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Robotic Primary and Revisional Hiatal Hernia Repair is Safe and Associated with Favorable Perioperative Outcomes: A Single Institution Experience

Rodier, Simon; Henning, Justin; Kukreja, Janvi; Mohammedi, Taher; Shah, Paresh; Damani, Tanuja
PMID: 37417969
ISSN: 1557-9034
CID: 5539432

Hiatal hernia repair with biosynthetic mesh reinforcement: a qualitative systematic review

Lima, Diego L; de Figueiredo, Sergio Mazzola Poli; Pereira, Xavier; Murillo, Felipe R; Sreeramoju, Prashanth; Malcher, Flavio; Damani, Tanuja
INTRODUCTION:Reinforcement of crural closure with synthetic resorbable mesh has been proposed to decrease recurrence rates after hiatal hernia repair, but continues to be controversial. This systematic review aims to evaluate the safety, efficacy, and intermediate-term results of using biosynthetic mesh to augment the hiatus. METHODS:The Preferred Reporting Items for Systematic Reviews and Meta-Analyses guidelines were followed throughout this systematic review. The Risk of Bias in Non-Randomized Studies of Interventions and Risk of Bias in Randomized Trials tools were used to perform qualitative assessment of all studies included in this review. Recommendations were then summarized for the following pre-defined key items: protocol, research question, search strategy, study eligibility, data extraction, study design, risk of bias, publication bias, and statistical analysis. RESULTS:The systematic literature search found 520 articles, 101 of which were duplicates and 355 articles were determined to be unrelated to our study and excluded. The full text of the remaining 64 articles was thoroughly assessed. A total of 18 articles (1846 patients) were ultimately included for this review, describing hiatal hernia repair using three different biosynthetic meshes-BIO-A, Phasix ST, and polyglactin mesh. Mean operative time varied from 127 to 223 min. Mean follow up varied from 12 to 54 months. There were no mesh erosions or explants. One mesh-related complication of stenosis requiring reoperation was reported with BIO-A. Studies showed significant improvement in symptom and quality-of-life scores, as well as satisfaction with surgery. Recurrence was reported as radiologic or clinical recurrence. Overall, recurrence rate varied from 0.9 to 25%. CONCLUSION:The use of biosynthetic mesh is safe and effective for hiatal hernia repair with low complications rates and high symptom resolution. The reported recurrence rates are highly variable due to significant heterogeneity in defining and evaluating recurrences. Further randomized controlled trials with larger samples and long-term follow-up should be performed to better analyze outcomes and recurrence rates.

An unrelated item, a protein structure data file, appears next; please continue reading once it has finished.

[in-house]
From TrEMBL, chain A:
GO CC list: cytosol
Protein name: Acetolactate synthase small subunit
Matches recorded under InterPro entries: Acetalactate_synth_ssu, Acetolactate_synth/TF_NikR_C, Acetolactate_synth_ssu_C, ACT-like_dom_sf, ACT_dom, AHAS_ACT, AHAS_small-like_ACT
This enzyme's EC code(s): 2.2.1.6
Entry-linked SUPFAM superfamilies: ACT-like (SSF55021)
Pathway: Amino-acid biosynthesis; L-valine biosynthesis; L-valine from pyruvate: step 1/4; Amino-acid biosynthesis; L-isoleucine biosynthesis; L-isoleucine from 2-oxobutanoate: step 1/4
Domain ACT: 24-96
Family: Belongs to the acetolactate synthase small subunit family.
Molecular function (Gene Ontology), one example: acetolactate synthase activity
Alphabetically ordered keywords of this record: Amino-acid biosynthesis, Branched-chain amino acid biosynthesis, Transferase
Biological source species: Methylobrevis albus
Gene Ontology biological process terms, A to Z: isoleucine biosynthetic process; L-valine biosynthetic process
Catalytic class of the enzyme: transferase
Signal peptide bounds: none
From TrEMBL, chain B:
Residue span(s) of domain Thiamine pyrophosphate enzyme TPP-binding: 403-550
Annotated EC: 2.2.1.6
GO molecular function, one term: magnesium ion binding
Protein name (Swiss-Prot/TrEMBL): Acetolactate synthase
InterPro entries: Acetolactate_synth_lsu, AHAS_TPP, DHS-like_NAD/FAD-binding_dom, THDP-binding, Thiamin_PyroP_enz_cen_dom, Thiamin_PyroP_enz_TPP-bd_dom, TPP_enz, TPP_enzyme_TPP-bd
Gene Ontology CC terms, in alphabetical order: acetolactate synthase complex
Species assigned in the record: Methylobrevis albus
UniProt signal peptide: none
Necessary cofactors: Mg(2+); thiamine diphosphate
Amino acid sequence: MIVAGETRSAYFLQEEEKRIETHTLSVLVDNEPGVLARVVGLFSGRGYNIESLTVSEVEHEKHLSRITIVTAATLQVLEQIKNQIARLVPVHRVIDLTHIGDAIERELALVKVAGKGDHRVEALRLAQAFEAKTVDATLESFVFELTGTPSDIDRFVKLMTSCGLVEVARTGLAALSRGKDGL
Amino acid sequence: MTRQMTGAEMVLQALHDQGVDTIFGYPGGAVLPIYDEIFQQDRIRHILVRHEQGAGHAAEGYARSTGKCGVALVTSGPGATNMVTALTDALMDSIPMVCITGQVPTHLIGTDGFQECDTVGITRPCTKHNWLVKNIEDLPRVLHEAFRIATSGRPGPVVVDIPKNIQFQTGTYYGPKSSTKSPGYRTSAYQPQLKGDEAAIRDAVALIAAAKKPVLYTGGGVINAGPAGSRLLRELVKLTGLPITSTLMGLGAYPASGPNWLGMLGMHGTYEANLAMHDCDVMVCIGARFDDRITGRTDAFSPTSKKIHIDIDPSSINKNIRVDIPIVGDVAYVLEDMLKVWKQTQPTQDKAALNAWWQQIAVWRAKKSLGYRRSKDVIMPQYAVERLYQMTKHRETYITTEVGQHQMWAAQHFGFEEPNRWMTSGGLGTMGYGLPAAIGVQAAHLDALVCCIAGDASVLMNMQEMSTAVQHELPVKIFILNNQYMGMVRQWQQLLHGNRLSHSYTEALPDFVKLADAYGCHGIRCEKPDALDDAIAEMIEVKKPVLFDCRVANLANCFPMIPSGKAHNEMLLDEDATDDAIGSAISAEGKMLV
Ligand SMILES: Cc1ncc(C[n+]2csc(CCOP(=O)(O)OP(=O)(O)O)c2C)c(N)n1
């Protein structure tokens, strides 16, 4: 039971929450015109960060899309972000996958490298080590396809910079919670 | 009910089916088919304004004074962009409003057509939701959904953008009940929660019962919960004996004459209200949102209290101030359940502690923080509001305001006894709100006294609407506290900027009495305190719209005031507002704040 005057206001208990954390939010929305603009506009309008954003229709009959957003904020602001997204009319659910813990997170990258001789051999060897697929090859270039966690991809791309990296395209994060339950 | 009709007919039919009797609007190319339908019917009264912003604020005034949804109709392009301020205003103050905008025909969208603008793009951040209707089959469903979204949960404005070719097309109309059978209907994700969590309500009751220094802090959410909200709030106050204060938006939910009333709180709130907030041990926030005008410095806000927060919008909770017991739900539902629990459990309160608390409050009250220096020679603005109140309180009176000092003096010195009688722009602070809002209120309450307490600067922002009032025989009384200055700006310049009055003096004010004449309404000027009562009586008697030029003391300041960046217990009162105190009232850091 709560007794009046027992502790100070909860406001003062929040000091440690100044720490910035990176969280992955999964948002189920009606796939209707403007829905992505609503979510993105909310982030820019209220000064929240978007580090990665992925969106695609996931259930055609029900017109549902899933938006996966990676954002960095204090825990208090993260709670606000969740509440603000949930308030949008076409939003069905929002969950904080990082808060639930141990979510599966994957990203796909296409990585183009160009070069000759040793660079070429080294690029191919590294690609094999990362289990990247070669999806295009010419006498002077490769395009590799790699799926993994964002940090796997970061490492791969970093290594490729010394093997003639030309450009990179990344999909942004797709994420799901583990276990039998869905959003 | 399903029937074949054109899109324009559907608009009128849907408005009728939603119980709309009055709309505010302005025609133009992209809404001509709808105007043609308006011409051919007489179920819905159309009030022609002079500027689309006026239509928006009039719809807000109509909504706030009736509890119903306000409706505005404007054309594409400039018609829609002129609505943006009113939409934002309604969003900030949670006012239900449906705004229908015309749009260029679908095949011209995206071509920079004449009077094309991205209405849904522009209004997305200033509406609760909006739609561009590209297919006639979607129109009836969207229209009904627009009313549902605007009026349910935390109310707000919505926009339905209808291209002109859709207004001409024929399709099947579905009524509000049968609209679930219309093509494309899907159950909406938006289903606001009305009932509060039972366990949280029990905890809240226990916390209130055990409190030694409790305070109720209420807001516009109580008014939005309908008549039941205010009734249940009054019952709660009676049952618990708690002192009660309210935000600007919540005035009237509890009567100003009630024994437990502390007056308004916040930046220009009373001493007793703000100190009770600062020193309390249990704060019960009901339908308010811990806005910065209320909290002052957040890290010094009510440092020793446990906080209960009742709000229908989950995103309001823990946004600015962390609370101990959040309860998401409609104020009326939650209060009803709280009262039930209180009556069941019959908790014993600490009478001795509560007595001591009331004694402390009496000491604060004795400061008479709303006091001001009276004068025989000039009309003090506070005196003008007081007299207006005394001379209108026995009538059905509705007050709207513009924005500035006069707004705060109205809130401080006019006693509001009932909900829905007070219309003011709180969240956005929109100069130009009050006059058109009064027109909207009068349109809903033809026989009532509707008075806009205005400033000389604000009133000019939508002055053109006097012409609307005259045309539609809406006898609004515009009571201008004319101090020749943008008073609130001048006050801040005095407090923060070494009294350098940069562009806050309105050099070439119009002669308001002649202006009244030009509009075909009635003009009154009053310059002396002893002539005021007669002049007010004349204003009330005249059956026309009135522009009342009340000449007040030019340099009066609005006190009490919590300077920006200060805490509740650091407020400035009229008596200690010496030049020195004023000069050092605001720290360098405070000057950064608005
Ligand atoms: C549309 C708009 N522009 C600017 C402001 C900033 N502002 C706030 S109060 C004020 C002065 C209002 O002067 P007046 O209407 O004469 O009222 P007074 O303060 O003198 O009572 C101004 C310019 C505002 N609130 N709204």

PMID: 37721592
ISSN: 1432-2218
CID: 5605202

Cardiac tamponade after robotic hiatal hernia repair from liver sling stitch: Case report of a rare complication and literature review [Case Report]

Wadowski, Benjamin; Damani, Tanuja